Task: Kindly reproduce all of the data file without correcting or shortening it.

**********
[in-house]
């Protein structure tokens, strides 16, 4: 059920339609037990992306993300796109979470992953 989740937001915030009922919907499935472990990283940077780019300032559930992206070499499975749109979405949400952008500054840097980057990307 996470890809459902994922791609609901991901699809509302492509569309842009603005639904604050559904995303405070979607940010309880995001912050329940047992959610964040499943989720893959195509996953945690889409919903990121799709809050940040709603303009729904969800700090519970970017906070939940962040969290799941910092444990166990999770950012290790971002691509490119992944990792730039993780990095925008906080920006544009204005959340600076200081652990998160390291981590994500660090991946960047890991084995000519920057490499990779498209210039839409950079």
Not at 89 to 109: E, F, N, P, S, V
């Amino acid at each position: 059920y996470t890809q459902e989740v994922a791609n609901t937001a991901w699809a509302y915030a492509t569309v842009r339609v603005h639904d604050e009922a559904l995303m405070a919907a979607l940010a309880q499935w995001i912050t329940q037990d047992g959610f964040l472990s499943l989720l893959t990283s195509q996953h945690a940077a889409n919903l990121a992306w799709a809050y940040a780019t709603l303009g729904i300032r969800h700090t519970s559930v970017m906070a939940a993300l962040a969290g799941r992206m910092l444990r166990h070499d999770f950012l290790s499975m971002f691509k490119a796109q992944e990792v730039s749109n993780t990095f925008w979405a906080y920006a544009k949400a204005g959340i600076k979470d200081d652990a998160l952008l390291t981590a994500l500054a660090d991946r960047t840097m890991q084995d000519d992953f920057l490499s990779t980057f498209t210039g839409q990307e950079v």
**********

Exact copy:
[in-house]
């Protein structure tokens, strides 16, 4: 059920339609037990992306993300796109979470992953 989740937001915030009922919907499935472990990283940077780019300032559930992206070499499975749109979405949400952008500054840097980057990307 996470890809459902994922791609609901991901699809509302492509569309842009603005639904604050559904995303405070979607940010309880995001912050329940047992959610964040499943989720893959195509996953945690889409919903990121799709809050940040709603303009729904969800700090519970970017906070939940962040969290799941910092444990166990999770950012290790971002691509490119992944990792730039993780990095925008906080920006544009204005959340600076200081652990998160390291981590994500660090991946960047890991084995000519920057490499990779498209210039839409950079």
Not at 89 to 109: E, F, N, P, S, V
């Amino acid at each position: 059920y996470t890809q459902e989740v994922a791609n609901t937001a991901w699809a509302y915030a492509t569309v842009r339609v603005h639904d604050e009922a559904l995303m405070a919907a979607l940010a309880q499935w995001i912050t329940q037990d047992g959610f964040l472990s499943l989720l893959t990283s195509q996953h945690a940077a889409n919903l990121a992306w799709a809050y940040a780019t709603l303009g729904i300032r969800h700090t519970s559930v970017m906070a939940a993300l962040a969290g799941r992206m910092l444990r166990h070499d999770f950012l290790s499975m971002f691509k490119a796109q992944e990792v730039s749109n993780t990095f925008w979405a906080y920006a544009k949400a204005g959340i600076k979470d200081d652990a998160l952008l390291t981590a994500l500054a660090d991946r960047t840097m890991q084995d000519d992953f920057l490499s990779t980057f498209t210039g839409q990307e950079v």